By: Kirsty Gray
The prevailing image of extreme poverty is a rural one. We are regularly exposed to images of farmers struggling with droughts or children walking miles each day to collect water for their families. Since the 70s, the development community has created ambitious village-level programmes to address and raise awareness of rural poverty (the Millennium Villages Project is a prime example). But as 66 per cent of the world’s population will live in cities by 2050, are we doing enough to address urban poverty too?
The global community has halved extreme poverty since 2000 and calls are growing to commit to eradicating extreme poverty by 2030. Evidence from the UN and the World Bank suggests this is indeed possible. However, sustaining this ambitious target requires rethinking the way we ‘do’ development. Without a climate-sensitive, ‘urban-sensitive’ approach, eliminating extreme poverty will not be sustainable.
To eradicate extreme poverty permanently, we need to recognise the links between climate change and increased vulnerability for the world’s poorest people. We need to reach zero net emissions in tandem with reducing poverty. This ‘zero-zero’ sum game is being played out on an increasingly urbanised playing field.
Reality check for resilience
For urban areas to sustain poverty reduction, we need to ensure that they are ‘resilient’ to varied shocks and stresses. This is because towns and cities are disproportionately situated in places highly exposed to the impacts of climate change such as coast lines and along rivers. But, as I have found from working on monitoring resilience, academics and practitioners have not yet reached a consensus on how to measure and define this oft-cited but much-debated term.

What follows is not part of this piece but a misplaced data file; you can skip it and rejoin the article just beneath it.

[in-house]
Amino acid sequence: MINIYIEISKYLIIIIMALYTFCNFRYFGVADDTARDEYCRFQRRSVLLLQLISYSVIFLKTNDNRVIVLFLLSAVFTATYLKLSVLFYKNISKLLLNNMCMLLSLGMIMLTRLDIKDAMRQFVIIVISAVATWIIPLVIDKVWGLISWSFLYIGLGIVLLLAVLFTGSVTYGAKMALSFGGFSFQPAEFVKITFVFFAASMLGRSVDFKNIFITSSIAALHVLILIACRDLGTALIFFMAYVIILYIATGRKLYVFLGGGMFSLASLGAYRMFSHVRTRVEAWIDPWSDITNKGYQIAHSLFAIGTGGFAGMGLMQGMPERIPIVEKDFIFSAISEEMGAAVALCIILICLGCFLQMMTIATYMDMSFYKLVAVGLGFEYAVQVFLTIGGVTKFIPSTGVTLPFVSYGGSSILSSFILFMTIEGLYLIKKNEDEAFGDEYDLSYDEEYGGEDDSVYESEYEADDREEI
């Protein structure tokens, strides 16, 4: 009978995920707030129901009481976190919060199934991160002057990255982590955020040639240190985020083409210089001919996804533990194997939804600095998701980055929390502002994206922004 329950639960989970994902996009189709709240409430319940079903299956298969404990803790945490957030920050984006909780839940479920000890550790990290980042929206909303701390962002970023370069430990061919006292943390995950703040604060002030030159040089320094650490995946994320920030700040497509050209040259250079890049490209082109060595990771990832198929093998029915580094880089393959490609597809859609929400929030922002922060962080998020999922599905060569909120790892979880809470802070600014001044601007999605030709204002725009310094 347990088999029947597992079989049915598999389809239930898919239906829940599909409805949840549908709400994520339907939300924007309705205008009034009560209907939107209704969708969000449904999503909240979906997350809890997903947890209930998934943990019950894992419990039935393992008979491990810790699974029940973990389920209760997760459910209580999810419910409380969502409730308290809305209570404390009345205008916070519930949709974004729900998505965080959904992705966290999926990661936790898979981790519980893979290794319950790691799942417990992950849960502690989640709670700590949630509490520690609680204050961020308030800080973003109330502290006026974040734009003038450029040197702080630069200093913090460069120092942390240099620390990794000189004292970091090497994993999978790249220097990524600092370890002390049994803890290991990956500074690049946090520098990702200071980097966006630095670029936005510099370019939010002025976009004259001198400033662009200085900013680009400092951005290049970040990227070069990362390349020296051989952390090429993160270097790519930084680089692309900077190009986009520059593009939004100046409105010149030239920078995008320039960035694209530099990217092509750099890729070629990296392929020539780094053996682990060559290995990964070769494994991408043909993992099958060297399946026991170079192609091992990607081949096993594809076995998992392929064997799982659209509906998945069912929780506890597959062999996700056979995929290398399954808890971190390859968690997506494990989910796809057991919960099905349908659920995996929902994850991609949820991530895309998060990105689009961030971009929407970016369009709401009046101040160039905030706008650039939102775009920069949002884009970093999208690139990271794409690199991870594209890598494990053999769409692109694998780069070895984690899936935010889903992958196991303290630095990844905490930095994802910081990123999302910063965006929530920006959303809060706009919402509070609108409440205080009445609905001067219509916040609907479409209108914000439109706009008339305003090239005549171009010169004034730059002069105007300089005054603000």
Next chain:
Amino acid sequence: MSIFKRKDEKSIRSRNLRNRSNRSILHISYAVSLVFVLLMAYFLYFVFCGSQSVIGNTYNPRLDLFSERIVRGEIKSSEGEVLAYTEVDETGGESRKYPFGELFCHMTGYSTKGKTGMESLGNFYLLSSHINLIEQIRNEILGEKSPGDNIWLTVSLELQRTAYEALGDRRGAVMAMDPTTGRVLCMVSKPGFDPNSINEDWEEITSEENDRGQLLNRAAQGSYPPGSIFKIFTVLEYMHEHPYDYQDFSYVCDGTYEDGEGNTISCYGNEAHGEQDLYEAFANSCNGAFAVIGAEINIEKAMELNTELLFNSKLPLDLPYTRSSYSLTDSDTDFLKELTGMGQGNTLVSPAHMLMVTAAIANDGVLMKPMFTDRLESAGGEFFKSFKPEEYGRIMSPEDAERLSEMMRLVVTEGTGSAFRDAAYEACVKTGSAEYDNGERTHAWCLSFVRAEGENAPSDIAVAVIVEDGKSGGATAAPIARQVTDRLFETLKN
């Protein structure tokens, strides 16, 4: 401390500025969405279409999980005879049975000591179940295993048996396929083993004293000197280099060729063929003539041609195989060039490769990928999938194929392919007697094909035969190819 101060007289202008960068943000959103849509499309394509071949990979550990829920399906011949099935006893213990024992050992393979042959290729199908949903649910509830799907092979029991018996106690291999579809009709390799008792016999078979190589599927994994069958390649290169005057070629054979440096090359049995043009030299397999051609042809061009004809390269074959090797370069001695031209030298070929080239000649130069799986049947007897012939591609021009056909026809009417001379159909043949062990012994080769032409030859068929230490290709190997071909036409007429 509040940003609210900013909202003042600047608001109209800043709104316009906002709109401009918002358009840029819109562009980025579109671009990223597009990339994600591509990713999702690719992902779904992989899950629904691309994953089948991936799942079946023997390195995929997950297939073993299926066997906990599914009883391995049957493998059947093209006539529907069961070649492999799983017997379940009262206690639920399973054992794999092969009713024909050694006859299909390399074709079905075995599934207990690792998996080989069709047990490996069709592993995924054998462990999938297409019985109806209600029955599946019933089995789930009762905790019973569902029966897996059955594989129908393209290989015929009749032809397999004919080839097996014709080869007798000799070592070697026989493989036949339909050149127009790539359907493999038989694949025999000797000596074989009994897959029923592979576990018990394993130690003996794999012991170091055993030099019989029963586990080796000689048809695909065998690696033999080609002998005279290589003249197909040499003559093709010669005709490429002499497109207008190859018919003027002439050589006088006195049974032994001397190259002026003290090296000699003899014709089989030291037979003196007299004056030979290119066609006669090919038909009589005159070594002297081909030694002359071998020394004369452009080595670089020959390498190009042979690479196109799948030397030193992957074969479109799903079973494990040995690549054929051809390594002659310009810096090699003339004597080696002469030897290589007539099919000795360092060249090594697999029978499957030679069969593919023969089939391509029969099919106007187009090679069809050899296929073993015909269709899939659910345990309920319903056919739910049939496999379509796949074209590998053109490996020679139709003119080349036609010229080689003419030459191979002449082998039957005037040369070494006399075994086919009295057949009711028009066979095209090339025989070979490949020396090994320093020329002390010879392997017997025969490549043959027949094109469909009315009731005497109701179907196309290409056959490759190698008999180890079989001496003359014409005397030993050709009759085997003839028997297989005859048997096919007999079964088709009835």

The private sector and resilience
Of course, we cannot solely rely on governments to achieve zero-zero in cities. One audience member explained the critical importance of considering a robust engagement with the private sector in our bid to build resilient cities. Small and medium enterprises (SMEs) operating at a more local scale have been more responsive on resilience issues until now. To engage the larger players, there will need to be a combination of regulatory pressure and an emphasis on ‘resilience dividends’ – resilience not as a cost, but a sustainable means of creating jobs and growing the economy.
Towards a resilient, zero-zero future
Achieving zero poverty zero emissions will only be possible if we can improve urban resilience. As research in Peru’s capital Lima demonstrates, recurring environmental disasters deplete livelihoods and assets, creating urban ‘risk traps’; each one makes it harder to recover from the next.
The challenges of poverty, climate change, and urbanisation are intrinsically intertwined – it is not possible to solve one without an in-depth understanding of the other two. Achieving low-carbon growth will prove a key part of the poverty eradication agenda, as will enhancing urban resilience.